If you could pack the soundtrack to a beach party in the 1960s into one small metal case, this would be it. Inspired by the plethora of fuzz pedals that popped up once silicon transistors became widely available, this really is a riot in a box. Hand-built with all period-correct parts, point-to-point wiring and a hand-painted (ish) enclosure, the Beehive is ready to swarm you with the coolest tone.
Due to both logistical and life circumstances, Veri-Tone pedals are now sporadically available on a case-by-case basis. To order or to get more information, please email email@example.com or contact me on Instagram @veritonepedals.
Customers who have made orders but haven’t received them yet, please contact me on Instagram @veritonepedals.
Listen to the Buzz, as it takes on half the world
As the Fuzz nerd that I am, I often spend quite a bit of my time studying different circuit topologies looking for things that are interesting or unusual. The fuzz boom that happened in the mid to late 1960s as silicon transistors became more widely available and gain figures skyrocketed was a very interesting time as random manufacturers seemed to pop out of nowhere and pretty much everyone wanted to have a go at the Fuzz game.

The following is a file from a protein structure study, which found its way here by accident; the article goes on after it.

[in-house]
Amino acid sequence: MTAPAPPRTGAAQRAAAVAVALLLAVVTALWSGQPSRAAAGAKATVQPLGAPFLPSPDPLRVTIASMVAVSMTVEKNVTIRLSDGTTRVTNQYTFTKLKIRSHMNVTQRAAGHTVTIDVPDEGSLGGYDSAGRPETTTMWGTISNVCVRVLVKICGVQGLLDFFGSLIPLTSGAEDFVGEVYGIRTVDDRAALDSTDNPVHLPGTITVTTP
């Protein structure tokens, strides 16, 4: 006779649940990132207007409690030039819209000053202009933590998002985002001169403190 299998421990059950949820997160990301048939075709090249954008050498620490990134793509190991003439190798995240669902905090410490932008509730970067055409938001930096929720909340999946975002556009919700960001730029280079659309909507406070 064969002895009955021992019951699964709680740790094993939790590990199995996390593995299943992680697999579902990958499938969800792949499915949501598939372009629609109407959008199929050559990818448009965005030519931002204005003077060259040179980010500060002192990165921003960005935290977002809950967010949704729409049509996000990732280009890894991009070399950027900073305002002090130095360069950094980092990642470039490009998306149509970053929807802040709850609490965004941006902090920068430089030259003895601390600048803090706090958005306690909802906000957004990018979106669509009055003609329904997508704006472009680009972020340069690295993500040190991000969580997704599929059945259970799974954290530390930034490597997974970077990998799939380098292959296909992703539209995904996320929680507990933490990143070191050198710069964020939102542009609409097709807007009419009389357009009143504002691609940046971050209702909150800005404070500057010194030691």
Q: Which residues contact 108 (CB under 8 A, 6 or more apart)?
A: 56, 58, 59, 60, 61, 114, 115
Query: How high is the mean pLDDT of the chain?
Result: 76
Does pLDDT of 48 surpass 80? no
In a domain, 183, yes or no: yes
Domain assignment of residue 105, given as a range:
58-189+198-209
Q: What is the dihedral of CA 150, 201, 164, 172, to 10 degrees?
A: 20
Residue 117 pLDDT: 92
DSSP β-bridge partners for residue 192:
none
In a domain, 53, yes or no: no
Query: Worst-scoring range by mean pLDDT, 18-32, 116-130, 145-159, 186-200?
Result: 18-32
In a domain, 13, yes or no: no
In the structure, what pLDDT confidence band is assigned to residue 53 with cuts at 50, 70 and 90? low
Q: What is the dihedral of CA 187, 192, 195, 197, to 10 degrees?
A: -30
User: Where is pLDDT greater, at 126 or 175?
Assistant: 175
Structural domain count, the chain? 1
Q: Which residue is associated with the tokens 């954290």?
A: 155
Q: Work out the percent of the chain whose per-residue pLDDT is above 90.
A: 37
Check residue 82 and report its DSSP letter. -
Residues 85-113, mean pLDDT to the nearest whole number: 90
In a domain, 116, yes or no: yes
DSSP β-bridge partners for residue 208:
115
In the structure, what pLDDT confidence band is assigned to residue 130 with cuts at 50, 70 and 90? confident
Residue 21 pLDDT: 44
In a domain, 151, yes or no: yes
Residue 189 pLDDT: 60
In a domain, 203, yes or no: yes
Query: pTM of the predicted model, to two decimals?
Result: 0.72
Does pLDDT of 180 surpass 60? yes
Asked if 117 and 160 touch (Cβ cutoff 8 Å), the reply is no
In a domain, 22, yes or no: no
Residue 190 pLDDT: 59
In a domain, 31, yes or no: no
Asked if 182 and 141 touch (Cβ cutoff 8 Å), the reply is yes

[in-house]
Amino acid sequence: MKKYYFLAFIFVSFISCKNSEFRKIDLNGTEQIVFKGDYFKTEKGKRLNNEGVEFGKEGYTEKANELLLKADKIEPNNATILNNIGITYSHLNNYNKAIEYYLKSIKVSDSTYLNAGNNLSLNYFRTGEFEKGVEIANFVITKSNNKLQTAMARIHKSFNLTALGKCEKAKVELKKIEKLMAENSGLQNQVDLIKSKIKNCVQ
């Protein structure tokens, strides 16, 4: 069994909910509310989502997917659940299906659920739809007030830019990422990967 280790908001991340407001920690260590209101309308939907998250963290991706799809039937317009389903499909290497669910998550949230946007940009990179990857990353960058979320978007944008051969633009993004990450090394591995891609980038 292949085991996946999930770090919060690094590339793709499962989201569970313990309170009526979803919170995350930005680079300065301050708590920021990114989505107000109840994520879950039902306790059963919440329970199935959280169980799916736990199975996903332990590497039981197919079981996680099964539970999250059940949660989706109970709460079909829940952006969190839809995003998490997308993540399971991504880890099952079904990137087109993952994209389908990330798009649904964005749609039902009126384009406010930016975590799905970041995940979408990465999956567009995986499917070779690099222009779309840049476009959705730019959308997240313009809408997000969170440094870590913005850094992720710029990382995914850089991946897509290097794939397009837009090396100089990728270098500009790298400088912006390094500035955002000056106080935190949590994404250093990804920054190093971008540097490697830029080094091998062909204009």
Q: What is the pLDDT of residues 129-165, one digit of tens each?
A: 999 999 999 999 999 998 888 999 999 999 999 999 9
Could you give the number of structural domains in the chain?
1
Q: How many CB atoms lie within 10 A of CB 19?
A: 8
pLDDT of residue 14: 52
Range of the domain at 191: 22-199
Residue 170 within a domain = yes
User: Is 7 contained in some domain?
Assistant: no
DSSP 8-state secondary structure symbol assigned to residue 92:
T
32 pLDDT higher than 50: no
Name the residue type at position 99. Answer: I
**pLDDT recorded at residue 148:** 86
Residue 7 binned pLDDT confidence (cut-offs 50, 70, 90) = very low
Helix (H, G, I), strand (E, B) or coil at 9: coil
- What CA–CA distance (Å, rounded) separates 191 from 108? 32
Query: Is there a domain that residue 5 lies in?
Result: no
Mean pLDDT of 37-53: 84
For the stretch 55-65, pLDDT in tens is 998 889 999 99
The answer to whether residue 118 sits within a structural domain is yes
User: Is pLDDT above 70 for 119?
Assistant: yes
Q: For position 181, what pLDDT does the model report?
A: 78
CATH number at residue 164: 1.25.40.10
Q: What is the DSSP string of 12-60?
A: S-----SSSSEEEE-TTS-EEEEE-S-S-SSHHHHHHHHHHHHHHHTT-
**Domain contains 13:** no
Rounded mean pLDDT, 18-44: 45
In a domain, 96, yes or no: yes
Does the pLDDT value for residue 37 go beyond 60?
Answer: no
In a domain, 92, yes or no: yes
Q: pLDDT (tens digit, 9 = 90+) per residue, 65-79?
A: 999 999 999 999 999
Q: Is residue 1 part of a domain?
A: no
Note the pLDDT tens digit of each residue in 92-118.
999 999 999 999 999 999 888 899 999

The Beehive takes inspiration from a handful of those more obscure pedals and condenses it in one bumblebee-looking box. The name, by the way, is a homage of sorts to one of my favourite bands (and shameless Fuzzers), The Jesus and Mary Chain. It is all hand-wired point-to-point style using period correct parts such as Tesla and Tungsram capacitors, carbon comp resistors and enhanced with the modern reliability of Neutrik jacks and TT potentiometers.
Introduces higher frequencies into the fuzz sound, without losing the bottom end.
2. Low Cut
Cuts the bottom end pretty drastically. Pretty cool horn-like lead sound.
Controls the output of the effect.
This pedal takes a standard Boss-style (negative centre) 9V DC power supply.